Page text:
The Benefit of Foresight
Posted on October 3, 2012
I was driving out of my close on Monday evening when I saw a hedgehog and its offspring desperately buffering up against the kerb in an attempt to get on the path to safety. Like a true hero, I got out of my car and lifted them all to their safety and they scurried off to carry on their business which presumably involves hogging hedges. I couldn’t help thinking that with better foresight the hedgehog would have seen this problem coming and taken another route rather than putting herself and her children in unnecessary peril. At any point did that hedgehog think when it was climbing down “Oh fuck, how am I going to get up the other side?”
It then dawned on me that this why you see so many flat hedgehogs by the kerbside, after slowly evolving over a period of fifteen million years, the poor bastards have had to adapt to an emergence of millions and millions of cars over the last hundred years. To them all the different cars must seem like a super breed of species that is their ultimate predator; it must be a terrifying existence. Anyway I did my bit and though I am not expecting my picture in the local press with a bravery award, I at least proved myself to be a half decent human being, unlike someone such as Lord Benyon who would have shot them for worrying his pheasants.
When I arrived home after my heroics I lay on the sofa reading a book by Robert Peston and in particular a chapter about the near collapse of M&S at the turn of the millennium. I won’t bore you with the details as I kind of got bored of it as well but the gist of the story was the same as that of the hedgehog, and that is if you allow problem to develop it will ultimately end in disaster. The lack of foresight at M&S was spectacular and there was major panic including a hostile takeover bid from the master of evil, Phillip Green, before at the last minute, not unlike the hedgehog, it was dramatically saved. The similarities end there as the man who saved M&S made a fortune whilst all I got was a sense of wellbeing for half an hour but not even as much as a thank you card.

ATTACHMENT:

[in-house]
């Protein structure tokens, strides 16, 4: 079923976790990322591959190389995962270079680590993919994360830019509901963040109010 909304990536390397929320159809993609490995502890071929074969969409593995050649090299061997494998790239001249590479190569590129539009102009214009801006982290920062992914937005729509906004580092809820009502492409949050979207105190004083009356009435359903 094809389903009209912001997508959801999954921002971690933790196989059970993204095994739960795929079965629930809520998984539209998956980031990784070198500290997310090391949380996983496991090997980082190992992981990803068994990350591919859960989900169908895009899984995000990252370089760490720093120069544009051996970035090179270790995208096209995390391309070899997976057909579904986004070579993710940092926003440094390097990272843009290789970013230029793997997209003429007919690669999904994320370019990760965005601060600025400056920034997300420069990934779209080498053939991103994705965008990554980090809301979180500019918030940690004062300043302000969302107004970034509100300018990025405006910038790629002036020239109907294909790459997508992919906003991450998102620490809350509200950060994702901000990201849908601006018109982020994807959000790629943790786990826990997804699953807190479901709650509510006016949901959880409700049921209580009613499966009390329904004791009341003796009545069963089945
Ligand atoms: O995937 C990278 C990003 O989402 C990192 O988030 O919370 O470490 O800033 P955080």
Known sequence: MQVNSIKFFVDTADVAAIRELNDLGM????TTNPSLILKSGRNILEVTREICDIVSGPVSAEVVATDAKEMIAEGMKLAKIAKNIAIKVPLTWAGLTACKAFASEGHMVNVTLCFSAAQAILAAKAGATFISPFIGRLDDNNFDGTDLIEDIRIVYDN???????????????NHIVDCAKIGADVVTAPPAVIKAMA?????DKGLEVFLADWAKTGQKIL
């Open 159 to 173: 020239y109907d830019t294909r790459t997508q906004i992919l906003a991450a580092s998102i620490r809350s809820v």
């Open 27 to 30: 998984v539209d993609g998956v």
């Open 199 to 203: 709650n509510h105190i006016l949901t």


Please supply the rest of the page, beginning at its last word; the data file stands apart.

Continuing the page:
So after these two examples of foresight failure, I decided that I would from now on, benefit from foresight rather than hindsight, thinking about what I do before I do it and weighing up the possible consequences of my actions. There is no doubt that by foreseeing what could potentially happen I could avoid disasters and accidents such as my Frank Spencer-esque tumble down the steps outside Basingstoke train station yesterday. If I had written a method statement before that calamity took place, I would have surely advised myself not to attempt to jog down the rain soaked steps in leather soled shoes in a bid to save a few seconds of my time. With foresight, I would have trod gingerly and avoided a bruised knee, a damaged ego and a wet arse and I would still have got to the bottom in quicker time.
I aimed to start this process last night but the problem was that I had a busy evening, I got back from London and had to almost immediately take George to an indoor cricket match and I didn’t arrive home until gone ten 0’clock. By the time I had got George and Harry sorted out and ironed my clothes for today, it was was gone eleven and I still hadn’t had any dinner. Fortunately I had prepared it earlier, a nice hot chilli with jacket spuds that would only need a quick blast of radiation to heat it through. By preparing it earlier foresight was already playing its part in my new life.
I quaffed it down with a couple of glasses of Rioja, it was a pretty fiery chilli, but lovely all the same and the wine was smooth and tasty, what better way to end an exhausting day? At 2am I woke up sweating like Jimmy Saville at the gates of a Convent, I had vicious indigestion with my stomach making alarming noises and my temples throbbing under the pressure of a raising temperature, it was horrible. This continued on and off until I went in to deep sleep approximately five minutes before my alarm went off, it was a really nasty night and very annoying as I was really looking forward to a good sleep.
I really shouldn’t have eaten a chilli at 11.30pm…of course, with the benefit of hindsight, I wouldn’t have done so!